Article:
Posted by: innerpilgrimage | October 14, 2012

I Always Thought That I’d See You Again

“Been walking my mind to an easy time,
My back turned towards the sun
Lord knows when the cold wind blows
It’ll turn your head around
Well, there’s hours of time on the telephone line
To talk about things to come
Sweet dreams and flying machines in pieces on the ground.” — James Taylor, “Fire and Rain”

On Friday morning, the person in fellowship who helped me see my SLAA Withdrawal Bottom Lines died unexpectedly. I learned he died this morning when I was reading my emails at breakfast, a small and healthy breakfast to celebrate three years of abstinence. In a restaurant, I started crying. I stopped and started, vacillating from shock to grief. After breakfast, I returned an email to the person who had informed me and many others it had  happened.

I am confused, upset, agitated. I vacillate from overwrought and crying to dazed and in shock. And I think on that I saw him Wednesday. I saw him, and he listened to me and he reflected my bottom lines back to me. I telephoned him Thursday night about meeting. He was in the E.R., and it didn’t seem serious. Just dehydration. Friday at noon, I left a message on his cell phone to call me if he needed anything–groceries, someone to talk to, anything for my friend in fellowship. He was going to help me finally reach Step Twelve, not as a sponsor but as a friend in recovery.

Real life happened this weekend.

And I am still eating sanely, thanks to the three years of fellowship from people just like him. 159.8 lbs., 100+ lbs. less than my first day of abstinence in 2009, right at the weight the OA program and recovery set me at, so I could finally begin the real recovery work of the addiction which hid under the cross-addiction of food.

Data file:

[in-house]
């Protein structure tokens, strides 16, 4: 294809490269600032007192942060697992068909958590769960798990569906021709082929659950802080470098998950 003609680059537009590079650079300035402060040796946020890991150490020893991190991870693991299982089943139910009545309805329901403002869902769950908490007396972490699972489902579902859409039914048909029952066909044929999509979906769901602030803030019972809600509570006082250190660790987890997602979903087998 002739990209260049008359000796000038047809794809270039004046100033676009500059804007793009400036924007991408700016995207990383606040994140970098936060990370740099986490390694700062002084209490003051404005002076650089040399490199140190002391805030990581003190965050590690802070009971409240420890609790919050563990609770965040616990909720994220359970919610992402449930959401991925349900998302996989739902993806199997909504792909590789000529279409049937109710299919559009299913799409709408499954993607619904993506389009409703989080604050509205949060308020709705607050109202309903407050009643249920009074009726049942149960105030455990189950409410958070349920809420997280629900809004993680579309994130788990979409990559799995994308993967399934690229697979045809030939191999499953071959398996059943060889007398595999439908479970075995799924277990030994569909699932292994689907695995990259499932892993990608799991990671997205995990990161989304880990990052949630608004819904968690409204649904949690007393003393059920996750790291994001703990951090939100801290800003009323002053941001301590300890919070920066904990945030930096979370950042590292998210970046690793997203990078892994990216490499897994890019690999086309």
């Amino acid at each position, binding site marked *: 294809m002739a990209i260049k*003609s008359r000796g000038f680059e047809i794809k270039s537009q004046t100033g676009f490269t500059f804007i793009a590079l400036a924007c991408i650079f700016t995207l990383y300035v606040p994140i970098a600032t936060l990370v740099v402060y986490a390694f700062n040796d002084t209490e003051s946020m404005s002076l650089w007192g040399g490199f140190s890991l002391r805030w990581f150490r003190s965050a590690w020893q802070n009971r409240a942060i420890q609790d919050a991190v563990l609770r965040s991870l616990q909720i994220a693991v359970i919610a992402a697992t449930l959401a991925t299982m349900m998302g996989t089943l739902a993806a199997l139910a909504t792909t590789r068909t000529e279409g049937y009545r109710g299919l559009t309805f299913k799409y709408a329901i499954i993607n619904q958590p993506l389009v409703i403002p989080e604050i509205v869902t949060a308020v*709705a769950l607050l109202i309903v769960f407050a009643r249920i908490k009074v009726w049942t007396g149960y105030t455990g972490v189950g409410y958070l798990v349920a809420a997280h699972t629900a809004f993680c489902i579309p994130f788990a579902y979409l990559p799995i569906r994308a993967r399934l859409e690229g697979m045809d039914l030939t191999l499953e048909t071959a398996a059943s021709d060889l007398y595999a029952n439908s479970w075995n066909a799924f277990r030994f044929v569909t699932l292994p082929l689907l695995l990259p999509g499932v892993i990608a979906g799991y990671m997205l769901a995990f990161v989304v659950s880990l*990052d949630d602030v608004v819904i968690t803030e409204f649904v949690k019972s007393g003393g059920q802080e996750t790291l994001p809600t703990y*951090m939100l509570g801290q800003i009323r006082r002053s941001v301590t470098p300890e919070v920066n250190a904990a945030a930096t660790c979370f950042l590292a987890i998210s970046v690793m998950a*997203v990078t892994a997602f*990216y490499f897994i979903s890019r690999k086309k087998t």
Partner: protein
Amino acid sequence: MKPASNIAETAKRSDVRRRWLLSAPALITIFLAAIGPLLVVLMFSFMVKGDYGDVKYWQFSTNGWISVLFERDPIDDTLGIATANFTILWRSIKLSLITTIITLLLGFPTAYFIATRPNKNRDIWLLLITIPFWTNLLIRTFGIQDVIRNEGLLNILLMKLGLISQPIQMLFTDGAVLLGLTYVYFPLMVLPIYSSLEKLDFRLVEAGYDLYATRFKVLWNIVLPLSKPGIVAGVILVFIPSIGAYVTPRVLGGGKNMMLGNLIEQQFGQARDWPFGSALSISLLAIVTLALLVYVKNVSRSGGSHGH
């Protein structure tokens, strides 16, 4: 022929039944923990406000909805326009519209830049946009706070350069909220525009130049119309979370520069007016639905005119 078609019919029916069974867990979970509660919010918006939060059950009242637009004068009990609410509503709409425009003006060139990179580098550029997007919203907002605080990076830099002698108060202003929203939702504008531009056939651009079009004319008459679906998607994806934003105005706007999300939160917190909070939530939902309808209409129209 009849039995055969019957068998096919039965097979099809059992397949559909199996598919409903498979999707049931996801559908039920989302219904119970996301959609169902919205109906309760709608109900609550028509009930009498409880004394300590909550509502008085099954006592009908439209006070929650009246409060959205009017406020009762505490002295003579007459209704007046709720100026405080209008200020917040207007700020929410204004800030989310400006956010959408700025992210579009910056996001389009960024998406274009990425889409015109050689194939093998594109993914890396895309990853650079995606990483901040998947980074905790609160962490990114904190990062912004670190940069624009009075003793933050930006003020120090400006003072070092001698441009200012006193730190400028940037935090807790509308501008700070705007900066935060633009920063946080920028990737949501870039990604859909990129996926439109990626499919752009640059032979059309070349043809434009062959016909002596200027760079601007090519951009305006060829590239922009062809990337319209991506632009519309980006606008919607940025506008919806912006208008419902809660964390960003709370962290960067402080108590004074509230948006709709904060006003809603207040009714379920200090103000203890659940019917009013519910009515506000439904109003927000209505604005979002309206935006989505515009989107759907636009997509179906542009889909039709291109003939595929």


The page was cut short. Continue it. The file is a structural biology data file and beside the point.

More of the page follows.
I miss you, M—. We all will, and I will do my best to carry your experience, strength, and hope forward to those who still suffer. You are the fellowship, and you will always be in my heart and mind.



  1. […] My eulogy to him here . . . well, looking at that date . . . I knew him for two years. In two years he profoundly affected my life and how I worked my program. And I see that I didn’t . . . shit, I didn’t ever finish mourning that loss. I know I can place when I started turning off toward relapse with that week when my program mentor died. I cried so hard for him, for me, for the loss of someone who lived the principles of program. […]

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